Winemaking is an art. The vintner oversees the growing conditions and monitors the grapes to determine the right time for harvest. Then, he or she keeps a careful eye on the fermentation and aging process and many other essential details to produce the final bottles of wine. So, when you hear that the Internet of Things (IoT) is getting involved in winemaking, what does that really mean? Does it take all of the talent of the winemaker out of the equation? Not at all. But, it does help coordinate and optimize some elements of the equation.
Like other agricultural crops, grapes need a certain amount of water and sun, along with properly fertilized soil to produce the best outcome. While the Internet of Things can’t control the sun, it can trigger the ideal amount of irrigation and fertilizer for crops to maximize yield, and help let winemakers know the peak times to harvest based on weather data and crop readiness. According to Verizon’s Internet of Things 2016 report, growers are reaping the benefits of IoT by deploying more technology in their fields— resulting in bigger crop yields, overall operational efficiencies, and reduced costs.
How One Vineyard Harnessed the Internet of Things
Last fall, Hahn Family Wines based in the Santa Lucia Highlands of Monterey County, California installed hundreds of wireless sensors on its 1,000-acre vineyard. The sensors are buried 12 to 48 inches below the ground to monitor soil moisture every six acres and can precisely monitor the health and conditions of the vines.
The Santa Lucia Highlands is known as perfect for growing grapes, including elevations of up to 1,200 feet, soil that drains well and moderate temperatures. Even with California’s drought, the region is fed by an underground aquifer so water supply is not a problem. Pinot Noir grapes – which are particularly tricky to cultivate – thrive in this environment.
Hahn Vineyard already produces excellent wines (in fact, Hahn’s SLH Pinot Noir was featured on the January 2016 cover of Wine Spectator magazine) and the vineyard produces 400,000 cases of wine each year, so why introduce the IoT? Head winemaker Paul Clifton explains they are turning to the Internet of Things for even better quality and uniformity of grapes. In addition, sensor data and analytics will let them conserve resources and treat vines for pests and mildew very precisely and only where needed.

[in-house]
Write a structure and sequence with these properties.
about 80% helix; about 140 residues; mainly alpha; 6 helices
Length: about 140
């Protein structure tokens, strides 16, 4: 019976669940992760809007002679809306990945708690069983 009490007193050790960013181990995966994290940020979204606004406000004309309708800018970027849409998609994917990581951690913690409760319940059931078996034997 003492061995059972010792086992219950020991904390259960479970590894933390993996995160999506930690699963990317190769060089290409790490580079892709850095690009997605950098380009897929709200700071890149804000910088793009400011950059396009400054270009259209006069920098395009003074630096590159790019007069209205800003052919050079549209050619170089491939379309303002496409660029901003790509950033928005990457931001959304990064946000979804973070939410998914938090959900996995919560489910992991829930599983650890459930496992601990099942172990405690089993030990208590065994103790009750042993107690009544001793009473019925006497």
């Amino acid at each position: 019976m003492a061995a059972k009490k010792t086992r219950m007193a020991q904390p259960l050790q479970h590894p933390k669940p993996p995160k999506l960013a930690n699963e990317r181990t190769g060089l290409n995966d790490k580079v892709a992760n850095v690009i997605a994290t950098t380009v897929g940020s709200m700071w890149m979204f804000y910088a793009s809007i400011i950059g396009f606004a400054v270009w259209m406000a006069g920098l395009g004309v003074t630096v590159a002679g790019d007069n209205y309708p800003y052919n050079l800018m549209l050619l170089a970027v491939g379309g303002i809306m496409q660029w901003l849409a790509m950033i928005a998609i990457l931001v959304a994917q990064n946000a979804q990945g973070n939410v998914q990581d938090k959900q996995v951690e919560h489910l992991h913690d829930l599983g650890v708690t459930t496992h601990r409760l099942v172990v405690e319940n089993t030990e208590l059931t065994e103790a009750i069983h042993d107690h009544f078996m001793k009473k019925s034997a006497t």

At the Hahn Vineyard, the sensors interact with aerial drones and an on-site weather station to determine if the grapes are getting too big, if the vines are at risk for mildew or mold, or if there is not enough sunshine. The vineyard is a test case for Verizon’s AgTech bundled wireless IoT packages, which the company plans to roll out commercially to other vineyards this year. This is all part of a trend known as precision agriculture, which can help to improve a farm’s financial performance, but will also assist in meeting the food needs of an expanding population.
According to Verizon, Hahn has equipped each five to six-acre block in the pilot with a water flowmeter at the water pump, a moisture probe that measures four different levels of soil where the grapes are growing, and a weather station. An IoT gateway continuously monitors data from the sensors and transmits it wirelessly to Verizon’s Ag tech solution. In the pilot, Hahn is using the weather station to monitor solar radiation, wind velocity, humidity and air temperature. The data is available on a dashboard and Hahn can check the information in real-time and adjust growing processes accordingly, making decisions about irrigation, pest control and harvesting.
A major benefit of the sensors was checking for irrigation leaks. This was previously done manually by the vineyard’s 50 employees and was very time consuming. In addition, an algorithm can help search for signs of mildew before it is even visible.